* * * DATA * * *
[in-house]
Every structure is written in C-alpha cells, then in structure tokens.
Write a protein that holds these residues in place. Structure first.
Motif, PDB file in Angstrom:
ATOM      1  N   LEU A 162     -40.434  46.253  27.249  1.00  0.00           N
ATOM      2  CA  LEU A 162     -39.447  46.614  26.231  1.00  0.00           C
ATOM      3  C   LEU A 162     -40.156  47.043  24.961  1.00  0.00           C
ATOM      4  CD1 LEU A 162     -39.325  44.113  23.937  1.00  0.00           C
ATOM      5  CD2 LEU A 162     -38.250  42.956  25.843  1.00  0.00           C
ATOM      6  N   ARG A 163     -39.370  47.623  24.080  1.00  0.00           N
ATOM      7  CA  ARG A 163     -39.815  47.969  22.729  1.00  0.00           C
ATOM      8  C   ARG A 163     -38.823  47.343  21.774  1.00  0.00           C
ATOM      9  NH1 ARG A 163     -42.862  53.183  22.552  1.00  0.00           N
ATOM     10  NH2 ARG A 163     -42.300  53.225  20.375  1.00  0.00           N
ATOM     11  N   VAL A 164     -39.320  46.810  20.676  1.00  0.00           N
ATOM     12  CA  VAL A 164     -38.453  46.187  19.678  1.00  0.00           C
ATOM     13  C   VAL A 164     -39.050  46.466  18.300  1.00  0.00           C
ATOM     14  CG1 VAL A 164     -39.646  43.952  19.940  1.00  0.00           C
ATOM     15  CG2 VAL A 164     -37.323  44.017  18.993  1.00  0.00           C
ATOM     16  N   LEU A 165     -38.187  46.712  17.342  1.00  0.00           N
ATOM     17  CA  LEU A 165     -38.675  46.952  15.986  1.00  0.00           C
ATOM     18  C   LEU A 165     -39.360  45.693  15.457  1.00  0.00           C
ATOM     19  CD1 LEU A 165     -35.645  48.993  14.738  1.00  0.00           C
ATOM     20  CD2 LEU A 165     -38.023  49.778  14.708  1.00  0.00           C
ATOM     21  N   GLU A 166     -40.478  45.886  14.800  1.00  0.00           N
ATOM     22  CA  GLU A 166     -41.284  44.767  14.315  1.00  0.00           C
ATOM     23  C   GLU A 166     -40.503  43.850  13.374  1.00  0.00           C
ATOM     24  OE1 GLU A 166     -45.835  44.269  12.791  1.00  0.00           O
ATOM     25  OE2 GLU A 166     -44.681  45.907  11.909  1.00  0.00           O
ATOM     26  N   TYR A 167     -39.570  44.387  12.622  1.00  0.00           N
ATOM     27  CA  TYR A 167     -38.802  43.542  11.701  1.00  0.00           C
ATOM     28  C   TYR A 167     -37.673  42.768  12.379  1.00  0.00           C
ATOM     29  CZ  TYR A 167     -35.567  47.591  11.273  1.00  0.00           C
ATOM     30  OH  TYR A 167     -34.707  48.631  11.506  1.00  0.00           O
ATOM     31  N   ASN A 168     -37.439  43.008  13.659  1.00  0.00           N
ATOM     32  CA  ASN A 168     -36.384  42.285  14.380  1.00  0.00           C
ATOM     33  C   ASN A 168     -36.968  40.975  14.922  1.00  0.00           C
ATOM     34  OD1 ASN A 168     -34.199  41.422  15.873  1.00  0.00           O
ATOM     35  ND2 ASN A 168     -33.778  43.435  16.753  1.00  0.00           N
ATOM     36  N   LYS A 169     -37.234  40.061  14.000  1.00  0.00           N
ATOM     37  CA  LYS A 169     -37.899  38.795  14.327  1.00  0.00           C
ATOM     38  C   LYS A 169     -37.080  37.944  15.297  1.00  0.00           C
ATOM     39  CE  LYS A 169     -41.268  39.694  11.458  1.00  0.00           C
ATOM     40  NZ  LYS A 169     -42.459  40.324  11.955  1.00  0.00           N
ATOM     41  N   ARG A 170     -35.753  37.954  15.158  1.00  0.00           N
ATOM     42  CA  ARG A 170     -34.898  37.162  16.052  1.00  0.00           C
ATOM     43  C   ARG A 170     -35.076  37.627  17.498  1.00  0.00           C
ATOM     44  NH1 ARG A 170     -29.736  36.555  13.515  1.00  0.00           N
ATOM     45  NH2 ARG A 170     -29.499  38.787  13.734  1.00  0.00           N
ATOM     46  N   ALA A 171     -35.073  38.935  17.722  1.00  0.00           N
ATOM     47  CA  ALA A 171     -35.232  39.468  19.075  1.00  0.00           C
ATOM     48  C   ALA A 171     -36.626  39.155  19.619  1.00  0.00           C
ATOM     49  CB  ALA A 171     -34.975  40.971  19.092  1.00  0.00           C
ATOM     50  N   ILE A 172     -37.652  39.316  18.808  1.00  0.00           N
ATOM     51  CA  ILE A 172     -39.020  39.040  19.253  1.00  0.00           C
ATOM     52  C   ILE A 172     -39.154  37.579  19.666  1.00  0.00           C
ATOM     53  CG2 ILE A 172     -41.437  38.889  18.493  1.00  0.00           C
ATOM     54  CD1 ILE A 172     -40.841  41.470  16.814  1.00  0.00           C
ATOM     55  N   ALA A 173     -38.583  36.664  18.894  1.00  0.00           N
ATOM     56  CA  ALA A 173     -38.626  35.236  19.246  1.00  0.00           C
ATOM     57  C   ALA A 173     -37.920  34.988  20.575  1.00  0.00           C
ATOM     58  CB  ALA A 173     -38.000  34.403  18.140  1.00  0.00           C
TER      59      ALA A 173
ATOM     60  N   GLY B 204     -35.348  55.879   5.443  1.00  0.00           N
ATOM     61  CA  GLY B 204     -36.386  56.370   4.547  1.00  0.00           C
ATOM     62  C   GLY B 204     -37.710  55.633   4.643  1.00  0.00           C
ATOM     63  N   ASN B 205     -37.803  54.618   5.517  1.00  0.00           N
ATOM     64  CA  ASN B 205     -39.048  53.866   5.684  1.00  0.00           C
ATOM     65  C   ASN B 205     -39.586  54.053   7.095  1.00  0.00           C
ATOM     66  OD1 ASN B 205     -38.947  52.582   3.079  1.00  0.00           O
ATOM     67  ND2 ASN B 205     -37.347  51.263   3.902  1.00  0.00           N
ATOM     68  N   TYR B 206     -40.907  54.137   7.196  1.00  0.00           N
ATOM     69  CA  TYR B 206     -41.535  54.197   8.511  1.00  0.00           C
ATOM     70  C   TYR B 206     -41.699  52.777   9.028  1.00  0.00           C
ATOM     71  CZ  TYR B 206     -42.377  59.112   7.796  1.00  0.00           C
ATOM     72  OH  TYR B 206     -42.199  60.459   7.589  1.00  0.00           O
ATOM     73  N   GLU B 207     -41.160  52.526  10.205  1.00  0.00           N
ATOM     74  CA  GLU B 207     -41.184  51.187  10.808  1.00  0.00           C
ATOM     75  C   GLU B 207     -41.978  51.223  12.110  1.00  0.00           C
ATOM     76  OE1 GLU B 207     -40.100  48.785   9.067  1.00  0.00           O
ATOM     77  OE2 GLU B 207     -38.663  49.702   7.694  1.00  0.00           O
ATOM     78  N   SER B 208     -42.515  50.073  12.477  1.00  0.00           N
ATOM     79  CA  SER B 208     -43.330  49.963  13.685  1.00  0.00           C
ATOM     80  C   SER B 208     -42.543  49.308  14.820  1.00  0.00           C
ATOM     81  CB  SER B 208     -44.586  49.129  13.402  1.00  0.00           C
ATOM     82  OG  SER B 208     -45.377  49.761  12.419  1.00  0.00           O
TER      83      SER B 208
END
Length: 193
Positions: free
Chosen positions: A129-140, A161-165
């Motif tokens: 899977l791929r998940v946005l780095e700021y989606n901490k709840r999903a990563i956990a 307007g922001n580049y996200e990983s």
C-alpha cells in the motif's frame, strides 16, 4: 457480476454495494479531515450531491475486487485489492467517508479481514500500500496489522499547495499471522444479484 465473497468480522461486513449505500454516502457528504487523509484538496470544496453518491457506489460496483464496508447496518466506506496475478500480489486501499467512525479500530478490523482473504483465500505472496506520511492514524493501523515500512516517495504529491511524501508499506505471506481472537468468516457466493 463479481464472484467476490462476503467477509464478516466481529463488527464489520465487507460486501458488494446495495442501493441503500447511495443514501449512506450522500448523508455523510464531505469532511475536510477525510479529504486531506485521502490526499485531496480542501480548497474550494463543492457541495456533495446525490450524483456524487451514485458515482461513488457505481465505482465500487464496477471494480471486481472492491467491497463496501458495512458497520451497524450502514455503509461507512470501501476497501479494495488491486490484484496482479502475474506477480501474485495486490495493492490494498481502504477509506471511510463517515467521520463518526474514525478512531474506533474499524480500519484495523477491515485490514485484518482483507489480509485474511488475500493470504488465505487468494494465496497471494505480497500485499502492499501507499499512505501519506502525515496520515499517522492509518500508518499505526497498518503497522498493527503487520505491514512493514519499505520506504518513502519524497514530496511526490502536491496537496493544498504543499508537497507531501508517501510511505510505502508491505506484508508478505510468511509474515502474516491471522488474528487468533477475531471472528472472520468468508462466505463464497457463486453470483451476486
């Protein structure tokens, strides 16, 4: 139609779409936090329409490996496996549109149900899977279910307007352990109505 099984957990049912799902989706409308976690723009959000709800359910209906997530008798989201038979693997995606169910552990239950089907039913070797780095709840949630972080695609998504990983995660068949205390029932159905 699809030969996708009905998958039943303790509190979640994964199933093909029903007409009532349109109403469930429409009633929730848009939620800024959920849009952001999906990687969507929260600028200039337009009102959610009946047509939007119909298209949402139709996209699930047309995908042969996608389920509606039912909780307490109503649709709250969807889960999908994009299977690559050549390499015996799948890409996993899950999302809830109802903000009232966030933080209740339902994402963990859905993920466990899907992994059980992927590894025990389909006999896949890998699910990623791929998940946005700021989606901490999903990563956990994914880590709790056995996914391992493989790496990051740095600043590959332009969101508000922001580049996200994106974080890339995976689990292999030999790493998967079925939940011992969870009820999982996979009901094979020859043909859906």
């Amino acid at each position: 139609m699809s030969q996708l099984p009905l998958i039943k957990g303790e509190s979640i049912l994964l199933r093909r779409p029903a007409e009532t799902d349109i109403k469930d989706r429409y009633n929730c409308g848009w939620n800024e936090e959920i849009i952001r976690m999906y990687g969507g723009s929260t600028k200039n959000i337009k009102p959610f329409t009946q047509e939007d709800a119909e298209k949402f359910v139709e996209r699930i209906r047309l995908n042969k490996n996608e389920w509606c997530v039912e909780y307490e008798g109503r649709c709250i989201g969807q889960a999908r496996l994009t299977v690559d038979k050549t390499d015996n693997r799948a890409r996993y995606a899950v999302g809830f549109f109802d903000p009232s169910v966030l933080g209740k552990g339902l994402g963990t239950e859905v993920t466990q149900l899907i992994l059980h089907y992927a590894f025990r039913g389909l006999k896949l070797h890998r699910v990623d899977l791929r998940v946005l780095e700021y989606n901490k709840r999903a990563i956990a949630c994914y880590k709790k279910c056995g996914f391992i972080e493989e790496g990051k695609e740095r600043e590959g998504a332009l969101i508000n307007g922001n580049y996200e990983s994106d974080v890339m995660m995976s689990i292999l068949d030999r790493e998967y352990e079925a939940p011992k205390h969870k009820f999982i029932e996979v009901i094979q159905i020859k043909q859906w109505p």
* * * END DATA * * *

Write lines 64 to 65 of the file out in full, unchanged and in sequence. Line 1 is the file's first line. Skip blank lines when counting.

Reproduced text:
ATOM     60  N   GLY B 204     -35.348  55.879   5.443  1.00  0.00           N
ATOM     61  CA  GLY B 204     -36.386  56.370   4.547  1.00  0.00           C